Captions: Guests to the village can see a welcome show and farewell performance each day. // © 2017 Formosan Aboriginal Culture Village
Feature image (above): Clients who visit Formosan Aboriginal Culture Village may witness ritualistic dances. // © 2017 Formosan Aboriginal Culture Village
Known for its natural beauty, Taiwan's Sun Moon Lake yields a variety of impressive vantage points from shuttle boats, lakeside trails, bike paths and hiking routes. But there's another way to appreciate the stunning scenery of Sun Moon Lake, which is also known for its black tea, local rice wine and handicrafts made from paper, pottery and carved wood. On the eastern side of the lake, the 1,550-acre Formosan Aboriginal Culture Village (FACV) is accessible by the Sun Moon Lake Ropeway, a cable-car system that offers spectacular views of the massive body of water and its surrounding greenery. The view of the landscape itself is enough of a reason to take a ride in a cable car, but it's really just a way to get visitors to the sprawling FACV, which recently celebrated its 30th anniversary. As Taiwan's largest outdoor aboriginal cultural museum, the park offers a deeper understanding of Taiwan's nine native ethnic groups — and much more.
Just like FACV, Sun Moon Lake Ropeway had recently had a milestone of its own: its 15th birthday. Carrying up to eight people, each of the 86 aerial cars on the ropeway are painted either red for the sun, yellow for the moon or blue for the lake. A one-way journey is just over 1 mile long and lasts less than nine minutes. And with the carriages outfitted with solar electricity chips, the whole experience is very quiet and peaceful, not to mention eco-friendly.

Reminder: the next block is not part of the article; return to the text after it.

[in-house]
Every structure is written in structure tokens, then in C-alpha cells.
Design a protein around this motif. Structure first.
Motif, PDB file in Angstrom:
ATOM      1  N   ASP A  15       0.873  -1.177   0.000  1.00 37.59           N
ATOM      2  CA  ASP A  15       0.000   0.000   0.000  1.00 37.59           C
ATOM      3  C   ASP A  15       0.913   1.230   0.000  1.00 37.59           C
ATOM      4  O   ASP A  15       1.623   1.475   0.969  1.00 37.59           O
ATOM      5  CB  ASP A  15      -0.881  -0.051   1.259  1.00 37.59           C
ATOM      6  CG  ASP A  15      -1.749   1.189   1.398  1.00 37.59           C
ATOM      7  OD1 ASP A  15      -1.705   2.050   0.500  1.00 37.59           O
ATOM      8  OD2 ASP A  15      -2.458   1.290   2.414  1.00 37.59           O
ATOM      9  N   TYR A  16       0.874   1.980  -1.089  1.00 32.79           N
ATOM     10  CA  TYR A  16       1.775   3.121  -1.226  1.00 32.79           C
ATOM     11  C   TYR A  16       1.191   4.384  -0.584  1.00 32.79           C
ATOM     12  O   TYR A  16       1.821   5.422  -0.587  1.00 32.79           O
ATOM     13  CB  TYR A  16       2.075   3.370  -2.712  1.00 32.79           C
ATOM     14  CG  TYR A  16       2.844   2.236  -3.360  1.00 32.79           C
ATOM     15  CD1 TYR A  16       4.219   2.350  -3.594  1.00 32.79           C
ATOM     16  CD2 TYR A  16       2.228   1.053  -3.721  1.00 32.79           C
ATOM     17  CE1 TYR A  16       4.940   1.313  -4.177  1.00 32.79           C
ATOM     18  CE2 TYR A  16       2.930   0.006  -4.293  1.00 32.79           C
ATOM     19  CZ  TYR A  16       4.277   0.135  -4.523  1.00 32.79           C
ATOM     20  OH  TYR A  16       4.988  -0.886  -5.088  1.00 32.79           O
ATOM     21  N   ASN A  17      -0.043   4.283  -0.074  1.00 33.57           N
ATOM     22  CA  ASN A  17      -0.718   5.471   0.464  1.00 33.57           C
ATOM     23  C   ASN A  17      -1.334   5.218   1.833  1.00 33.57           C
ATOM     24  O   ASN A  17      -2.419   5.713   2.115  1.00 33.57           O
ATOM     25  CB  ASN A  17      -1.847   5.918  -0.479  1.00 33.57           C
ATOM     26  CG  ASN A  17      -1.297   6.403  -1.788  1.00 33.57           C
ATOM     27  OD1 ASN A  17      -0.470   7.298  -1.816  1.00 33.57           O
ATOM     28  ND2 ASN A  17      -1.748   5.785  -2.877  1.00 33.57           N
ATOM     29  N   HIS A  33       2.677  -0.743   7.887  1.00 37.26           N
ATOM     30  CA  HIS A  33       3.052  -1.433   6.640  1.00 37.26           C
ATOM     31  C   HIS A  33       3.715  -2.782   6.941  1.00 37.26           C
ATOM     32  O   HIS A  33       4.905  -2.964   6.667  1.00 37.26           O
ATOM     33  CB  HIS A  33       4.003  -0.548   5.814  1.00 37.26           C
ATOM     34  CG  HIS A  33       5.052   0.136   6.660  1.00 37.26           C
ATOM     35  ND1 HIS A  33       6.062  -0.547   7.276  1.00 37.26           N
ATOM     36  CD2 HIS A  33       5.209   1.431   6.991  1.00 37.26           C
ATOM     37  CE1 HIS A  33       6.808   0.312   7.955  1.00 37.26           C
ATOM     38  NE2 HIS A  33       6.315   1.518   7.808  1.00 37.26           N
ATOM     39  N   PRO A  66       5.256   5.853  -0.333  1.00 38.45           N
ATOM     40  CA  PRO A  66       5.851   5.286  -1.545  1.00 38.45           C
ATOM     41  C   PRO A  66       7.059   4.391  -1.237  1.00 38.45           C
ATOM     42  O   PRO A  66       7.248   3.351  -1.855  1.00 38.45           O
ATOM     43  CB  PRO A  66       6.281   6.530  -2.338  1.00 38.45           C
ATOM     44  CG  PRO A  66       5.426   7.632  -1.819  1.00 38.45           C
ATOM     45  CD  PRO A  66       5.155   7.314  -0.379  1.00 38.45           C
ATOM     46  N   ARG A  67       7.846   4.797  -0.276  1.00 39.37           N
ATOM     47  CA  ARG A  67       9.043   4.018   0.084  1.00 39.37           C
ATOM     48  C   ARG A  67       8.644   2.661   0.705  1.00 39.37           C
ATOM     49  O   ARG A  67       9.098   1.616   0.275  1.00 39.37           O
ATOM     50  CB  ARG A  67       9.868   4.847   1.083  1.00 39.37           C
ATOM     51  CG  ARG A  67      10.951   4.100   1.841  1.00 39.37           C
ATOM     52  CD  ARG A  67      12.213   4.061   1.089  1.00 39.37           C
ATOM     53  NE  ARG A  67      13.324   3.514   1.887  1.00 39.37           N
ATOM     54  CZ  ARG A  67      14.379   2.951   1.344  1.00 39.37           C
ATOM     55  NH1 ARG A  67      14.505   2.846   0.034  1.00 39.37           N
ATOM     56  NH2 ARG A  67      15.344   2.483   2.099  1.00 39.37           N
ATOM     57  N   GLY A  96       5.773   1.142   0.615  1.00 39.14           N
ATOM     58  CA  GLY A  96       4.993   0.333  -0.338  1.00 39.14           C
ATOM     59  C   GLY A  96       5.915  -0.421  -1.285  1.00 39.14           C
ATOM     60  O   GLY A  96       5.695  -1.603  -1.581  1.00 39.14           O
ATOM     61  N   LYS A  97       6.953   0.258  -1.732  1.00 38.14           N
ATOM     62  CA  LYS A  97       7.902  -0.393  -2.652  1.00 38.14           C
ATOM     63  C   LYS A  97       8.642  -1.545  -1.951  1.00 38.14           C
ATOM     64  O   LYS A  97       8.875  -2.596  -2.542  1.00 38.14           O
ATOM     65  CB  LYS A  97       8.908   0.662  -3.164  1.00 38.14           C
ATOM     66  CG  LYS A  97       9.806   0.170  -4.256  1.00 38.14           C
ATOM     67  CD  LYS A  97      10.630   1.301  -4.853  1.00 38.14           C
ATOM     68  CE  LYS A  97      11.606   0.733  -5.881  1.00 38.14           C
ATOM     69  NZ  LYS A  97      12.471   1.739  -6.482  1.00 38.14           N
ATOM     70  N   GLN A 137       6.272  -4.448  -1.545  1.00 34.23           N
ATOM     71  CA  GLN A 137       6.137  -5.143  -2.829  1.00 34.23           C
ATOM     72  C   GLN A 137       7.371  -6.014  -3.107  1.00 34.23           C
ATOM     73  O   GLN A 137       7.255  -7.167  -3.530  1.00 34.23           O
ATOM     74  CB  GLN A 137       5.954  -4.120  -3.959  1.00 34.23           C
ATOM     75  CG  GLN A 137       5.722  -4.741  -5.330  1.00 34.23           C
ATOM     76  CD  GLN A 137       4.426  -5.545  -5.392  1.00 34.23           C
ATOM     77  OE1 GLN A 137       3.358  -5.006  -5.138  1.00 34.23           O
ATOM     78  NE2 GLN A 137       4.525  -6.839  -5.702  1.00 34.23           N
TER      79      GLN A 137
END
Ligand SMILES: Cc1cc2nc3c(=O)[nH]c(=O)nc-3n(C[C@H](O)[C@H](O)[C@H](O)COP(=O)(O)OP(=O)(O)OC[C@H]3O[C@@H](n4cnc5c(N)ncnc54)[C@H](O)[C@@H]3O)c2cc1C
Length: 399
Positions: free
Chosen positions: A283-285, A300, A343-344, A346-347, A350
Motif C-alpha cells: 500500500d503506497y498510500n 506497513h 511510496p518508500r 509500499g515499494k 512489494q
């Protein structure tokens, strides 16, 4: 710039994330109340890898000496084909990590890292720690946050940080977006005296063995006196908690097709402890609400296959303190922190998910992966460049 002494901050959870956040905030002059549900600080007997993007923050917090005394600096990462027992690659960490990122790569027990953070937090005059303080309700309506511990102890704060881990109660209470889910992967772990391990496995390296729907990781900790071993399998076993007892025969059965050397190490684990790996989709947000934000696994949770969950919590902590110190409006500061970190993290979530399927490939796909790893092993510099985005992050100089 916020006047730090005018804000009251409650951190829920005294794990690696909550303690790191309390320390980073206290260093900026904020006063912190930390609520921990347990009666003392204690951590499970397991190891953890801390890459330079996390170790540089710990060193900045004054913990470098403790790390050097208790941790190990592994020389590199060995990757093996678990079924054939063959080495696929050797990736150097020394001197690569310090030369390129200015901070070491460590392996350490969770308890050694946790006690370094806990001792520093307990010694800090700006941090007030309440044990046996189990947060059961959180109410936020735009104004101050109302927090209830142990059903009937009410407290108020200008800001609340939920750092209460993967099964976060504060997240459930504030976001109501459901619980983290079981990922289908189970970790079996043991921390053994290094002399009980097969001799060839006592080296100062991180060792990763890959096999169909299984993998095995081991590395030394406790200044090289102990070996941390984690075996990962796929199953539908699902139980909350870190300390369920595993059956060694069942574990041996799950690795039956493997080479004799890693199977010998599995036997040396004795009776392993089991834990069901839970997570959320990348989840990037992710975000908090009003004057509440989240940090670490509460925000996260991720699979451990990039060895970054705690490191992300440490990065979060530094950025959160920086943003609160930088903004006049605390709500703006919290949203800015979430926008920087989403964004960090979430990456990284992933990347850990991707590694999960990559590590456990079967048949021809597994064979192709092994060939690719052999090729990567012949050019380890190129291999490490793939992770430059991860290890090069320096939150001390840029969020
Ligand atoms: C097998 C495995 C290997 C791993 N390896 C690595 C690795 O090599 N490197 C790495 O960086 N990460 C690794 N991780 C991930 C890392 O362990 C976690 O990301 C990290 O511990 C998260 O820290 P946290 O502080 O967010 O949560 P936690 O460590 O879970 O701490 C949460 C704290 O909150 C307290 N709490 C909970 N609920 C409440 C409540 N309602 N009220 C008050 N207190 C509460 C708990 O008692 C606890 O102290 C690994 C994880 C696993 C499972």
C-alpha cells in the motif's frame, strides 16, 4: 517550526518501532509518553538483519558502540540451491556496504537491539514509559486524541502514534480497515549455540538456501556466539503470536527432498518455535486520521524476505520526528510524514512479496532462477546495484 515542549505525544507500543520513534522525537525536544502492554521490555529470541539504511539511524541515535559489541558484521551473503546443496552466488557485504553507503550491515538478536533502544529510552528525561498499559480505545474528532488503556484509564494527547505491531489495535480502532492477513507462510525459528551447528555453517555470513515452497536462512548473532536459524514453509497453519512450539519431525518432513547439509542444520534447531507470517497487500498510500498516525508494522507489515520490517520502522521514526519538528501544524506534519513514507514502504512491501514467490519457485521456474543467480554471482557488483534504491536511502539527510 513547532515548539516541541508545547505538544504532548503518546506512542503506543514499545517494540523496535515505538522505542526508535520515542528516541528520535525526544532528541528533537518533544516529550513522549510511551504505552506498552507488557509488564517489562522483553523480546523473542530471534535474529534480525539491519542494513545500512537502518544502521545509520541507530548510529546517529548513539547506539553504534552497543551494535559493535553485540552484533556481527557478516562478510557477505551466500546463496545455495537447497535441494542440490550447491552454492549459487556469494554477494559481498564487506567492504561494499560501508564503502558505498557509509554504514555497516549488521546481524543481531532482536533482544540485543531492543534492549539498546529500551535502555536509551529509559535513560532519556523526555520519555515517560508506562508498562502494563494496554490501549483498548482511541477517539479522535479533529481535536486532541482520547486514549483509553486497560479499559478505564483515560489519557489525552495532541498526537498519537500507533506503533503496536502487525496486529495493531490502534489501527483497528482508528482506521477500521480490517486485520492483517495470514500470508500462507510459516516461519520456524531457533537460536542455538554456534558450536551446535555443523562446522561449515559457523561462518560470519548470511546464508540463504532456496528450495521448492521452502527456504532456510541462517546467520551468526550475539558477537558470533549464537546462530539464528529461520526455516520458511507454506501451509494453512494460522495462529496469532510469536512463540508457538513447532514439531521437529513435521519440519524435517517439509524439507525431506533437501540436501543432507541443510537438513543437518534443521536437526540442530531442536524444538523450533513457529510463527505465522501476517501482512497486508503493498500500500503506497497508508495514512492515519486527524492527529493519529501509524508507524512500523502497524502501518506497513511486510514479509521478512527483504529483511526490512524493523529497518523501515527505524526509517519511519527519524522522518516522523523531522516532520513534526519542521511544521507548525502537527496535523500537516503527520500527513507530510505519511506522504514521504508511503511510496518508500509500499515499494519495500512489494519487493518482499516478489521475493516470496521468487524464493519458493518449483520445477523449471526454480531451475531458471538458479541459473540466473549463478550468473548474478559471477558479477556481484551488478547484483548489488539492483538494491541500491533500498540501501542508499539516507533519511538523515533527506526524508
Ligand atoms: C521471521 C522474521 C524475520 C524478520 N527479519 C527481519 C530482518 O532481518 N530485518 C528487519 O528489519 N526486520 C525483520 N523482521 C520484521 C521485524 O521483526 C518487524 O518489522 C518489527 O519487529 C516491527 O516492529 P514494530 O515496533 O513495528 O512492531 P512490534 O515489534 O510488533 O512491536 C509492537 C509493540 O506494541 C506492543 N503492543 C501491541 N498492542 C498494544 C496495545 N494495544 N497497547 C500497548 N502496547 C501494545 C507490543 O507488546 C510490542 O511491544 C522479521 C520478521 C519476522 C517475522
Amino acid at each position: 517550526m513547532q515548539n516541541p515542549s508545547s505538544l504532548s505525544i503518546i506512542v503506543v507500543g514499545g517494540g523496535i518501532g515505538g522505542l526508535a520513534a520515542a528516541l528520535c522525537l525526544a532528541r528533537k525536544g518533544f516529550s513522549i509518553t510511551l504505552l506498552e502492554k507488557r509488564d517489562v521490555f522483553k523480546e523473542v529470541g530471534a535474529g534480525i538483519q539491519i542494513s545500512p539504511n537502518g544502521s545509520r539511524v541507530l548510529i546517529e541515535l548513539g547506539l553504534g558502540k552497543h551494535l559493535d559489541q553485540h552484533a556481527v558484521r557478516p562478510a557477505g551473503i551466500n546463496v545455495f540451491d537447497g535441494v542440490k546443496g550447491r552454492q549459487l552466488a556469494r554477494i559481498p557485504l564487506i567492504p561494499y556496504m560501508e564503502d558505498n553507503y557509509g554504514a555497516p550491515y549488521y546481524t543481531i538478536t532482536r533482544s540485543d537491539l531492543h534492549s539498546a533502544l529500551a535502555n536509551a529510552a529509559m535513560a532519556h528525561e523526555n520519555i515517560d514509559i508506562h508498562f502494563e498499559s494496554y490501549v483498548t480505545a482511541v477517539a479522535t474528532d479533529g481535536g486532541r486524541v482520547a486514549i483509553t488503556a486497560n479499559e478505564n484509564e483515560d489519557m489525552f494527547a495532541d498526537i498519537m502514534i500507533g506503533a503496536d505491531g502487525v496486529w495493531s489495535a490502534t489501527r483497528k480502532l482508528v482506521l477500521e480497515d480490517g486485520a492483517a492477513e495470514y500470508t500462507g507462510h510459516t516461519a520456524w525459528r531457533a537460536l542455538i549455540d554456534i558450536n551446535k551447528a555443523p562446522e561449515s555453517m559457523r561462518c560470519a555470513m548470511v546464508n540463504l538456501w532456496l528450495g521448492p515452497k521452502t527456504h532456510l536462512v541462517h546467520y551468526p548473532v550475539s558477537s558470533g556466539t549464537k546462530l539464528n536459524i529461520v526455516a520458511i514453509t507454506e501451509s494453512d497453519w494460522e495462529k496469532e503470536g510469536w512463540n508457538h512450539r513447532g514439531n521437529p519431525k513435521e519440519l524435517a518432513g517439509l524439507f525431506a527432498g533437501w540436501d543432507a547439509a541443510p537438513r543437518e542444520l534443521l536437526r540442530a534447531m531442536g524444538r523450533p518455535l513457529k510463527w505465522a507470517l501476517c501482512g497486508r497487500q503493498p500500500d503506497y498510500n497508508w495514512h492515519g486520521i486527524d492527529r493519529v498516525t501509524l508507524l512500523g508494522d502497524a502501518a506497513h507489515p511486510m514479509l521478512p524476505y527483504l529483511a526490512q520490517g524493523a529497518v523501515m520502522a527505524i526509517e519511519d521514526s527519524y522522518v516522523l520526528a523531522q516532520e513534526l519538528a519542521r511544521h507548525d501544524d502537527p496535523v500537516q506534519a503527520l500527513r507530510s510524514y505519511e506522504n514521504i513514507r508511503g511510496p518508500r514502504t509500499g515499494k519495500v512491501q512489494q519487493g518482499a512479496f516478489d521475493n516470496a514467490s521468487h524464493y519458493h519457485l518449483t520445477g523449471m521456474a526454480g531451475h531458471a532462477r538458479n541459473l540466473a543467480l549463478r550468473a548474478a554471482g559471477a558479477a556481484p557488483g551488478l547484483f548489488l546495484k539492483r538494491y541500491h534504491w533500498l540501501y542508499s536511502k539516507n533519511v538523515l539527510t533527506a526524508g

Down below, FACV awaits to greet guests in the Culture Square, where a welcome show and farewell performance bookend each day. Dancers in traditional costumes move in circles to celebrate fertility and invite visitors to join in, setting an enthusiastic tone for exploring a unique place that's equal parts theme park, garden and interactive edutainment facility.
Jung-i Chang founded FACV in order to preserve the indigenous cultures of Taiwan while honoring his own ancestor, Da-ching Chang, who worked with native communities to facilitate negotiations with Chinese settlers. Now, the cultural heritage of the various aboriginal communities are communicated through life-size displays of everyday activities, whether it's a wax woman weaving or a real-life wood-carver at work.
Through artifacts such as tools and clothing, the village tells the history and economics of indigenous populations in Taiwan and brings the cultures to life through folk songs and dances at any one of the park's five theaters. Surrounded by water, the Naruwan Theatre is the main stage and gives spectators a great view from any seat. Meanwhile, the Ritual Theater's show re-creates traditional ceremonies, and the Pestle Music Theatre vibrates with native folk melodies.
In 1992, the village expanded to include Amusement Isle, which features all the staples of a classic adventure park, including the UFO Gyro Drop, the highest free-fall ride in Taiwan at more than 270 feet tall. There's also the 150-acre European Palace Garden, with its baroque-style Ritz Palace, viewable by a mini-locomotive, which also passes by the gardens' fountains, classic sculptures, a gothic bell tower and manicured lawns.
While the amusement park and gardens at FACV are certainly impressive, it's really the indigenous theme of the village that defines it. The best time to visit is during the Chinese New Year, which kicks off the celebration of the Cherry Blossom Festival in February. With 2,000 “prunus campanulata” (cherry trees) in bloom — which are blanketed in enchanting multicolored lights at night — FACV is one of the best places in Taiwan to witness the spectacle. But with fully immersive installations, exhibits and re-creations of indigenous performances and rituals always going on, FACV is worth a visit anytime, year-round.